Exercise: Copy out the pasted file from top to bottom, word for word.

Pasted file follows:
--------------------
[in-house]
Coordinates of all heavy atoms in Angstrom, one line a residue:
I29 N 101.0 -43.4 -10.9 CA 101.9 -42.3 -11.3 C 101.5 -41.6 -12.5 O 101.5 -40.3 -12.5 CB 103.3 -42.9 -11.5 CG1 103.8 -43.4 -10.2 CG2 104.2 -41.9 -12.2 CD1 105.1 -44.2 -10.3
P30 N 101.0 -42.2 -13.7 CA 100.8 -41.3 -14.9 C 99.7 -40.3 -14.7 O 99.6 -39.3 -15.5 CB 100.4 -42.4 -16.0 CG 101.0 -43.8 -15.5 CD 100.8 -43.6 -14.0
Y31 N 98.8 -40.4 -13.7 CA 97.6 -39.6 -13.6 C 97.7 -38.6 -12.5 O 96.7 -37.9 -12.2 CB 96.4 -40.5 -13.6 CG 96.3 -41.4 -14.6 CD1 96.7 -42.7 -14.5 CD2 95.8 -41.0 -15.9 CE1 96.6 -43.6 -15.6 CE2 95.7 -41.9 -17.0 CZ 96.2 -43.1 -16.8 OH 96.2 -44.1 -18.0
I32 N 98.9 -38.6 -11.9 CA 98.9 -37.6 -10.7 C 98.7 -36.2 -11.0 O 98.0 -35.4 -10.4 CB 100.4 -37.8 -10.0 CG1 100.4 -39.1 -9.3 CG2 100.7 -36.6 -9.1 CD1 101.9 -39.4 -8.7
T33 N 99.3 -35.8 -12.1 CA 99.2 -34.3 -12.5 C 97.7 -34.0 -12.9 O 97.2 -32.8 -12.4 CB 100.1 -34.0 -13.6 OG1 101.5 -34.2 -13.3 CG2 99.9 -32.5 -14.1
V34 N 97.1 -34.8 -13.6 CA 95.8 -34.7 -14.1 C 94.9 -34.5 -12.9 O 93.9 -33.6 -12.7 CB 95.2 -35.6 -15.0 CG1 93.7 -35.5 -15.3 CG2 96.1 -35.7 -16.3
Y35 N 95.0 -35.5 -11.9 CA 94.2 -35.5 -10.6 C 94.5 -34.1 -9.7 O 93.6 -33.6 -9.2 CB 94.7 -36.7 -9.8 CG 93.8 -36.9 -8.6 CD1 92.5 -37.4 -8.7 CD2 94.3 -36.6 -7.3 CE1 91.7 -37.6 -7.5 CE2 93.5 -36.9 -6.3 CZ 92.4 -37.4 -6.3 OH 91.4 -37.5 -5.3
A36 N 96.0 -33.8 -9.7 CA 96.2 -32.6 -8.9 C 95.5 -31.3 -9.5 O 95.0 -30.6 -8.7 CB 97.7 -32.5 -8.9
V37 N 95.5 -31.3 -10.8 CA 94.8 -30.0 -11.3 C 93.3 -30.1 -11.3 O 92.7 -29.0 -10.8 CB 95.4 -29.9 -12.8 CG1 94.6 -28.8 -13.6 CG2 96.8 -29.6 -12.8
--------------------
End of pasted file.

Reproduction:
[in-house]
Coordinates of all heavy atoms in Angstrom, one line a residue:
I29 N 101.0 -43.4 -10.9 CA 101.9 -42.3 -11.3 C 101.5 -41.6 -12.5 O 101.5 -40.3 -12.5 CB 103.3 -42.9 -11.5 CG1 103.8 -43.4 -10.2 CG2 104.2 -41.9 -12.2 CD1 105.1 -44.2 -10.3
P30 N 101.0 -42.2 -13.7 CA 100.8 -41.3 -14.9 C 99.7 -40.3 -14.7 O 99.6 -39.3 -15.5 CB 100.4 -42.4 -16.0 CG 101.0 -43.8 -15.5 CD 100.8 -43.6 -14.0
Y31 N 98.8 -40.4 -13.7 CA 97.6 -39.6 -13.6 C 97.7 -38.6 -12.5 O 96.7 -37.9 -12.2 CB 96.4 -40.5 -13.6 CG 96.3 -41.4 -14.6 CD1 96.7 -42.7 -14.5 CD2 95.8 -41.0 -15.9 CE1 96.6 -43.6 -15.6 CE2 95.7 -41.9 -17.0 CZ 96.2 -43.1 -16.8 OH 96.2 -44.1 -18.0
I32 N 98.9 -38.6 -11.9 CA 98.9 -37.6 -10.7 C 98.7 -36.2 -11.0 O 98.0 -35.4 -10.4 CB 100.4 -37.8 -10.0 CG1 100.4 -39.1 -9.3 CG2 100.7 -36.6 -9.1 CD1 101.9 -39.4 -8.7
T33 N 99.3 -35.8 -12.1 CA 99.2 -34.3 -12.5 C 97.7 -34.0 -12.9 O 97.2 -32.8 -12.4 CB 100.1 -34.0 -13.6 OG1 101.5 -34.2 -13.3 CG2 99.9 -32.5 -14.1
V34 N 97.1 -34.8 -13.6 CA 95.8 -34.7 -14.1 C 94.9 -34.5 -12.9 O 93.9 -33.6 -12.7 CB 95.2 -35.6 -15.0 CG1 93.7 -35.5 -15.3 CG2 96.1 -35.7 -16.3
Y35 N 95.0 -35.5 -11.9 CA 94.2 -35.5 -10.6 C 94.5 -34.1 -9.7 O 93.6 -33.6 -9.2 CB 94.7 -36.7 -9.8 CG 93.8 -36.9 -8.6 CD1 92.5 -37.4 -8.7 CD2 94.3 -36.6 -7.3 CE1 91.7 -37.6 -7.5 CE2 93.5 -36.9 -6.3 CZ 92.4 -37.4 -6.3 OH 91.4 -37.5 -5.3
A36 N 96.0 -33.8 -9.7 CA 96.2 -32.6 -8.9 C 95.5 -31.3 -9.5 O 95.0 -30.6 -8.7 CB 97.7 -32.5 -8.9
V37 N 95.5 -31.3 -10.8 CA 94.8 -30.0 -11.3 C 93.3 -30.1 -11.3 O 92.7 -29.0 -10.8 CB 95.4 -29.9 -12.8 CG1 94.6 -28.8 -13.6 CG2 96.8 -29.6 -12.8